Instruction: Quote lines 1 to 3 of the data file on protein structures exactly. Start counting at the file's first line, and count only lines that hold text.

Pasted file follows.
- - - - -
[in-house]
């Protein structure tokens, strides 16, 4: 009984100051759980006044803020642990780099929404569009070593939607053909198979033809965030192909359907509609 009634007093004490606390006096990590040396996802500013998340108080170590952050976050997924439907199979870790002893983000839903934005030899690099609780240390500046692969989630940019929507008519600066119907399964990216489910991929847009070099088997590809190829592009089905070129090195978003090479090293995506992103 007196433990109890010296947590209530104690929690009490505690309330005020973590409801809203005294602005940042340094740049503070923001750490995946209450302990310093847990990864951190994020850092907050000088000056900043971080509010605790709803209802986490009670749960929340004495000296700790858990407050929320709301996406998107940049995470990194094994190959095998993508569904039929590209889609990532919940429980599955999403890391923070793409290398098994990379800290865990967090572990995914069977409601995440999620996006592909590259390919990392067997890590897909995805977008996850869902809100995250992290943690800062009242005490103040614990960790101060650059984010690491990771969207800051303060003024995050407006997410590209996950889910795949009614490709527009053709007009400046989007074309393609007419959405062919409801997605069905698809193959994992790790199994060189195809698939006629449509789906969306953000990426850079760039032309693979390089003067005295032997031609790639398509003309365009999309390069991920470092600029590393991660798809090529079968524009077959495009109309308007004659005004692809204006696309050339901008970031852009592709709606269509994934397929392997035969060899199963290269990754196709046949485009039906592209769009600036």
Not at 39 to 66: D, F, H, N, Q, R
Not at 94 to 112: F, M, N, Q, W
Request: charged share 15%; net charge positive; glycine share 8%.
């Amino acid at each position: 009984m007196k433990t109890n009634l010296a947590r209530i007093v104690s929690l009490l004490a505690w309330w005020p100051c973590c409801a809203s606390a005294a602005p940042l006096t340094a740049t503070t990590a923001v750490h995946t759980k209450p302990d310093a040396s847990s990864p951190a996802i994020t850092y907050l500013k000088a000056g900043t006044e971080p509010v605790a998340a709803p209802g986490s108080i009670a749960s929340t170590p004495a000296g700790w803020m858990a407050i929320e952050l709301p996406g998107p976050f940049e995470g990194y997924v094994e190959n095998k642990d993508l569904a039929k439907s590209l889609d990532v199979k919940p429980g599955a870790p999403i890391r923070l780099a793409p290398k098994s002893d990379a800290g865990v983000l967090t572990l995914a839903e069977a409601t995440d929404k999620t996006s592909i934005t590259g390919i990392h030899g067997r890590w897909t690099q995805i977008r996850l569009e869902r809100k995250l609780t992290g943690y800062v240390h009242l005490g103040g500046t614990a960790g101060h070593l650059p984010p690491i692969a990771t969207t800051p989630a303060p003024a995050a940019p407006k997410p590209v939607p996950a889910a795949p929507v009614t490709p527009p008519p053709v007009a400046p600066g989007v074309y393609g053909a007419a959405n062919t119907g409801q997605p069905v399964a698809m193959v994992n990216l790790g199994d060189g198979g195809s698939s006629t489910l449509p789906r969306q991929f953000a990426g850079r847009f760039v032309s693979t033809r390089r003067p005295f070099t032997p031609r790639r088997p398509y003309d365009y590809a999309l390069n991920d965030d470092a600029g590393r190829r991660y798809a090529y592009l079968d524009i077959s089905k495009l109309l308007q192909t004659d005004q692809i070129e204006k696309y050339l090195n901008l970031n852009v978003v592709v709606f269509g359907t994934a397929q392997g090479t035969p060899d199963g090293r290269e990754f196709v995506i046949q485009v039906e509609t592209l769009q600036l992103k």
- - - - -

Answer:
[in-house]
């Protein structure tokens, strides 16, 4: 009984100051759980006044803020642990780099929404569009070593939607053909198979033809965030192909359907509609 009634007093004490606390006096990590040396996802500013998340108080170590952050976050997924439907199979870790002893983000839903934005030899690099609780240390500046692969989630940019929507008519600066119907399964990216489910991929847009070099088997590809190829592009089905070129090195978003090479090293995506992103 007196433990109890010296947590209530104690929690009490505690309330005020973590409801809203005294602005940042340094740049503070923001750490995946209450302990310093847990990864951190994020850092907050000088000056900043971080509010605790709803209802986490009670749960929340004495000296700790858990407050929320709301996406998107940049995470990194094994190959095998993508569904039929590209889609990532919940429980599955999403890391923070793409290398098994990379800290865990967090572990995914069977409601995440999620996006592909590259390919990392067997890590897909995805977008996850869902809100995250992290943690800062009242005490103040614990960790101060650059984010690491990771969207800051303060003024995050407006997410590209996950889910795949009614490709527009053709007009400046989007074309393609007419959405062919409801997605069905698809193959994992790790199994060189195809698939006629449509789906969306953000990426850079760039032309693979390089003067005295032997031609790639398509003309365009999309390069991920470092600029590393991660798809090529079968524009077959495009109309308007004659005004692809204006696309050339901008970031852009592709709606269509994934397929392997035969060899199963290269990754196709046949485009039906592209769009600036």
Not at 39 to 66: D, F, H, N, Q, R